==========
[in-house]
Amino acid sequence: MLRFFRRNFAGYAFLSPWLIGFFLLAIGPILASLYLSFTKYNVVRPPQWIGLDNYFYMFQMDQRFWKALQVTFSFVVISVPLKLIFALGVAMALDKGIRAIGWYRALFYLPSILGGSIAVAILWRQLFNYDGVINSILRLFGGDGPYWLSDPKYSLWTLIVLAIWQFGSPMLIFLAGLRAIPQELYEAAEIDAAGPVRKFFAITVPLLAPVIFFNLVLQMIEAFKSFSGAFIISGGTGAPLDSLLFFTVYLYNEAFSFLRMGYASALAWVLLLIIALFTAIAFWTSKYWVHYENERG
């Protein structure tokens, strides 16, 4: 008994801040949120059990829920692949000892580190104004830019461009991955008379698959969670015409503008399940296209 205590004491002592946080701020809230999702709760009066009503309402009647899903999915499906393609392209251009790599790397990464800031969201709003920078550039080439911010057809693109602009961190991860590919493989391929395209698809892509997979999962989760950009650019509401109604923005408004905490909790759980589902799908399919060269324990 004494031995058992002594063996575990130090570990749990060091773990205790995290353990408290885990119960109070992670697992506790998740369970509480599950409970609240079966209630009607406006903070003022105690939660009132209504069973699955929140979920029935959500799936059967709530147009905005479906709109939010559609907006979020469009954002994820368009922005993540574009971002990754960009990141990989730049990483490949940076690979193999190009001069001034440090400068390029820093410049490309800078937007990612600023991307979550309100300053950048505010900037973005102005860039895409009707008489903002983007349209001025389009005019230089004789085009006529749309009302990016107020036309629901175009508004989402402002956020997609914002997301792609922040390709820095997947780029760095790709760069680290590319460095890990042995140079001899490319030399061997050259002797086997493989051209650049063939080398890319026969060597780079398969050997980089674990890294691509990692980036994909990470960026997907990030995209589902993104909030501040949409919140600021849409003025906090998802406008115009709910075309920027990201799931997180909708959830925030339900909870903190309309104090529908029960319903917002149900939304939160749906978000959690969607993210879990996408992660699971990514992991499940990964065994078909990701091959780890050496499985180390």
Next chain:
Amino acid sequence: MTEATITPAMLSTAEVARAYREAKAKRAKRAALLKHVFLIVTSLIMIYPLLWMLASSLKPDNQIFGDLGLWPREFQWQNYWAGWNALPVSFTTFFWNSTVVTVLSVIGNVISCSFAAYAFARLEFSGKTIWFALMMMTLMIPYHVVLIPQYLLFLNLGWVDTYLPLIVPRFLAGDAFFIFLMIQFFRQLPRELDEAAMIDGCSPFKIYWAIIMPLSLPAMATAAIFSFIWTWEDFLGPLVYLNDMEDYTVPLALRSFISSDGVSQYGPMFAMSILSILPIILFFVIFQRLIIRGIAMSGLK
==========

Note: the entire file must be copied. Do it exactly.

[in-house]
Amino acid sequence: MLRFFRRNFAGYAFLSPWLIGFFLLAIGPILASLYLSFTKYNVVRPPQWIGLDNYFYMFQMDQRFWKALQVTFSFVVISVPLKLIFALGVAMALDKGIRAIGWYRALFYLPSILGGSIAVAILWRQLFNYDGVINSILRLFGGDGPYWLSDPKYSLWTLIVLAIWQFGSPMLIFLAGLRAIPQELYEAAEIDAAGPVRKFFAITVPLLAPVIFFNLVLQMIEAFKSFSGAFIISGGTGAPLDSLLFFTVYLYNEAFSFLRMGYASALAWVLLLIIALFTAIAFWTSKYWVHYENERG
């Protein structure tokens, strides 16, 4: 008994801040949120059990829920692949000892580190104004830019461009991955008379698959969670015409503008399940296209 205590004491002592946080701020809230999702709760009066009503309402009647899903999915499906393609392209251009790599790397990464800031969201709003920078550039080439911010057809693109602009961190991860590919493989391929395209698809892509997979999962989760950009650019509401109604923005408004905490909790759980589902799908399919060269324990 004494031995058992002594063996575990130090570990749990060091773990205790995290353990408290885990119960109070992670697992506790998740369970509480599950409970609240079966209630009607406006903070003022105690939660009132209504069973699955929140979920029935959500799936059967709530147009905005479906709109939010559609907006979020469009954002994820368009922005993540574009971002990754960009990141990989730049990483490949940076690979193999190009001069001034440090400068390029820093410049490309800078937007990612600023991307979550309100300053950048505010900037973005102005860039895409009707008489903002983007349209001025389009005019230089004789085009006529749309009302990016107020036309629901175009508004989402402002956020997609914002997301792609922040390709820095997947780029760095790709760069680290590319460095890990042995140079001899490319030399061997050259002797086997493989051209650049063939080398890319026969060597780079398969050997980089674990890294691509990692980036994909990470960026997907990030995209589902993104909030501040949409919140600021849409003025906090998802406008115009709910075309920027990201799931997180909708959830925030339900909870903190309309104090529908029960319903917002149900939304939160749906978000959690969607993210879990996408992660699971990514992991499940990964065994078909990701091959780890050496499985180390």
Next chain:
Amino acid sequence: MTEATITPAMLSTAEVARAYREAKAKRAKRAALLKHVFLIVTSLIMIYPLLWMLASSLKPDNQIFGDLGLWPREFQWQNYWAGWNALPVSFTTFFWNSTVVTVLSVIGNVISCSFAAYAFARLEFSGKTIWFALMMMTLMIPYHVVLIPQYLLFLNLGWVDTYLPLIVPRFLAGDAFFIFLMIQFFRQLPRELDEAAMIDGCSPFKIYWAIIMPLSLPAMATAAIFSFIWTWEDFLGPLVYLNDMEDYTVPLALRSFISSDGVSQYGPMFAMSILSILPIILFFVIFQRLIIRGIAMSGLK